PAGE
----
OSCILLATION – A periodic movement back and forth between two extreme limits. An example is the string of a guitar that has been plucked. Its vibration back and forth is one oscillation. A vibration is described by its size (amplitude), its oscillation rate (frequency), and its timing (phase). In a suspension bridge, oscillation results from energy collected and stored by the bridge. If a part of the bridge has to store more energy than it is capable of storing, that part will probably fail.
PIER – A vertical support or substructure unit that supports the spans of a multi-span superstructure at an intermediate location between its abutments.
PILE – A verticle shaft driven into the ground that carries loads through weak layers of soil to those capable of supporting such loads.
PILE BENT – A row of driven or placed piles with a pile cap to hold them in their correct positions; see Bent.
PLATE GIRDER – A large, solid web plate with flange plates attached to the web plate by flange angles or fillet welds. Typically fabricated from steel.
PORTAL – The clear, unobstructed space of a bridge forming the entrance to the structure.
PRE-CAST GIRDER – Fabricated off site of Portland Cement Concrete, reinforcing steel, and post -tensioning cables. These girders are shipped to the construction site by truck and hoisted into place by cranes.
REINFORCED CONCRETE – Concrete with steel reinforcing bars bonded within it to supply increased tensile strength and durability.
RESONANCE – The regular vibration of an object as it responds in step (at the same frequency) with an external force.
RIGID FRAME BRIDGE – A bridge with moment-resistant connections between the superstructure and the substructure to produce an integral, elastic structure.
RIVETED CONNECTION – A rigid connection of metal bridge members that is assembled with rivets. Riveted connections increase the strength of the structure.
SHAFT – A verticle load bearing structure that uses end bearing and friction to support loads.
SPAN – The distance between piers, towers, or abutments.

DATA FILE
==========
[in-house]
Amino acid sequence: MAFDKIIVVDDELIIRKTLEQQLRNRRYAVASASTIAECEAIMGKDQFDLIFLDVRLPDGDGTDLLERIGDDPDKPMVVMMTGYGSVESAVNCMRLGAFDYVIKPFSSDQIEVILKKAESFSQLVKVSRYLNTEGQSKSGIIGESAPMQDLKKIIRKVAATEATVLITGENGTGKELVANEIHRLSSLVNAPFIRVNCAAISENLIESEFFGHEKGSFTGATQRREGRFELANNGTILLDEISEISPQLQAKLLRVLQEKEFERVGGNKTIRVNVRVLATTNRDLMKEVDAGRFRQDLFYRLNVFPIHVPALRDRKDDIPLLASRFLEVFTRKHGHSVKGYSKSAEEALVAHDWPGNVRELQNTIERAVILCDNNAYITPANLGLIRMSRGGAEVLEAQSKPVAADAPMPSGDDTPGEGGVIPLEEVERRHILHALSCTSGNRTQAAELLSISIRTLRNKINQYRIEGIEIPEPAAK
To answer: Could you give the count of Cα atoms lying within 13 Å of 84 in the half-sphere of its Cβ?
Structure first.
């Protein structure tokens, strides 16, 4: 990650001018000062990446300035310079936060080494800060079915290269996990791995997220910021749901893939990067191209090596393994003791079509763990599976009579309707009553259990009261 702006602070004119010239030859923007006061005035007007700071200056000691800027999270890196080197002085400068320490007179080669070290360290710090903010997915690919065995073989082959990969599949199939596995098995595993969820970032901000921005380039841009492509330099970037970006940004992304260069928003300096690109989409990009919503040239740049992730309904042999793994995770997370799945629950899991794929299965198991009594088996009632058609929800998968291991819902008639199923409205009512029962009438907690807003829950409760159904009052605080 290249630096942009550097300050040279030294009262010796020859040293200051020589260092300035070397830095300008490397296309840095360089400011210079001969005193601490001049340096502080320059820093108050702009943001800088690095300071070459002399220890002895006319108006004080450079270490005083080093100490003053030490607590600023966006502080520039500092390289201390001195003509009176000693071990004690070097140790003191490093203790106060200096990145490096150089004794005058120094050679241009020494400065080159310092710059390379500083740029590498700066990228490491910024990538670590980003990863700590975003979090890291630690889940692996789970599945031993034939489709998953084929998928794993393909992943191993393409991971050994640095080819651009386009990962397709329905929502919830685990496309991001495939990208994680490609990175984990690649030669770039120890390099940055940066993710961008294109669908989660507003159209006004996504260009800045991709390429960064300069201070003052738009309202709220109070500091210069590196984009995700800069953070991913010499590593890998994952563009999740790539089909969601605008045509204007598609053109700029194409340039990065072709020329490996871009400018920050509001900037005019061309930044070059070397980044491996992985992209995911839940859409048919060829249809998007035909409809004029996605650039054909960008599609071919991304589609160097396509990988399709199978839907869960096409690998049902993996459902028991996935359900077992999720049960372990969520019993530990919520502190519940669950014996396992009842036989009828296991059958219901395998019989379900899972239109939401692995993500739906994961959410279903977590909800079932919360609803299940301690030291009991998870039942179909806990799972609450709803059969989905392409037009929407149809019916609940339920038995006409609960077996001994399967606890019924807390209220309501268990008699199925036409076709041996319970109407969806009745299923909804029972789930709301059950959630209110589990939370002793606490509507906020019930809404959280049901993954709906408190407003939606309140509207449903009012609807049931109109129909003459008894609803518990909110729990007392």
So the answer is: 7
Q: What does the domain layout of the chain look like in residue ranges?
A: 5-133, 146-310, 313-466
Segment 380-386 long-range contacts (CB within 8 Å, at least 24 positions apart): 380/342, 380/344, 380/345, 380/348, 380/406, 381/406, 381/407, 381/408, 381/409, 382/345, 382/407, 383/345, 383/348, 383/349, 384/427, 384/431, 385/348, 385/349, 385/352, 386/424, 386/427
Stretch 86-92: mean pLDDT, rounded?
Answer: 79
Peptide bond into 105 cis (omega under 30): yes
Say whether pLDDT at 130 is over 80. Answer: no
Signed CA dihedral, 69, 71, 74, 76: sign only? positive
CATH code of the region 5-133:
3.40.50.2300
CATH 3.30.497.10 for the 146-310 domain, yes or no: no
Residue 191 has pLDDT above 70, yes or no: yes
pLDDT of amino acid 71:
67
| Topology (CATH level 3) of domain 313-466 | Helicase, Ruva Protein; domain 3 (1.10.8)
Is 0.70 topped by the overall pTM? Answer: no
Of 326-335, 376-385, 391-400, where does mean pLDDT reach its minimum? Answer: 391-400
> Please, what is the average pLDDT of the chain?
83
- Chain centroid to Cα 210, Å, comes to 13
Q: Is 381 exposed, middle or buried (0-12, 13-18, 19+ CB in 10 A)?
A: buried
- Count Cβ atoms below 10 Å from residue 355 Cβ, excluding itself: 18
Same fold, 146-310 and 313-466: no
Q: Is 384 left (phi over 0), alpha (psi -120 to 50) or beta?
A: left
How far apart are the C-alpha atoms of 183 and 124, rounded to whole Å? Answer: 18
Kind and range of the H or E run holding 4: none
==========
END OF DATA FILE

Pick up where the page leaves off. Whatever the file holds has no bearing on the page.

STABLE – The ability of a structure to resist forces that can cause material deformation or structural collapse.
STEEL – A very hard and strong alloy of iron and carbon.
STAY – Diagonal brace installed to minimize structural movement.
STRINGER – A longitudinal beam supporting the bridge deck.
SUBSTRUCTURE – The parts of a bridge that are below the bottom of the girders. Pilings, shafts, spread footings, and colums may be part of the substructure.
SUPERSTRUCTURE – The parts of a bridge that are above the bottom of the girders. Girders, bridge deck, and bridge railing are parts of the superstructure.
TENSION – A force that pulls or stretches.
TIE – A member carrying tension.
TORSION – A twisting force or action.
TRESTLE – A bridge structure consisting of spans supported upon frame bents.
TRUSS – A rigid, jointed structure made up of individual straight pieces arranged and connected, usually in a triangular pattern, so as to support longer spans.
TRUSS BRIDGE – A bridge having a pair of trusses for the superstructure.
UPPER CHORD – The top longitudinal member of a truss.
WARREN TRUSS – A triangular truss with sloping members (and no vertical members) between the top and bottom chords, forming the letter "W."
WEB – The portion of a beam located between and connected to the flanges.
WELDED JOINT – A joint in which the assembled elements and members are united through fusion of metal.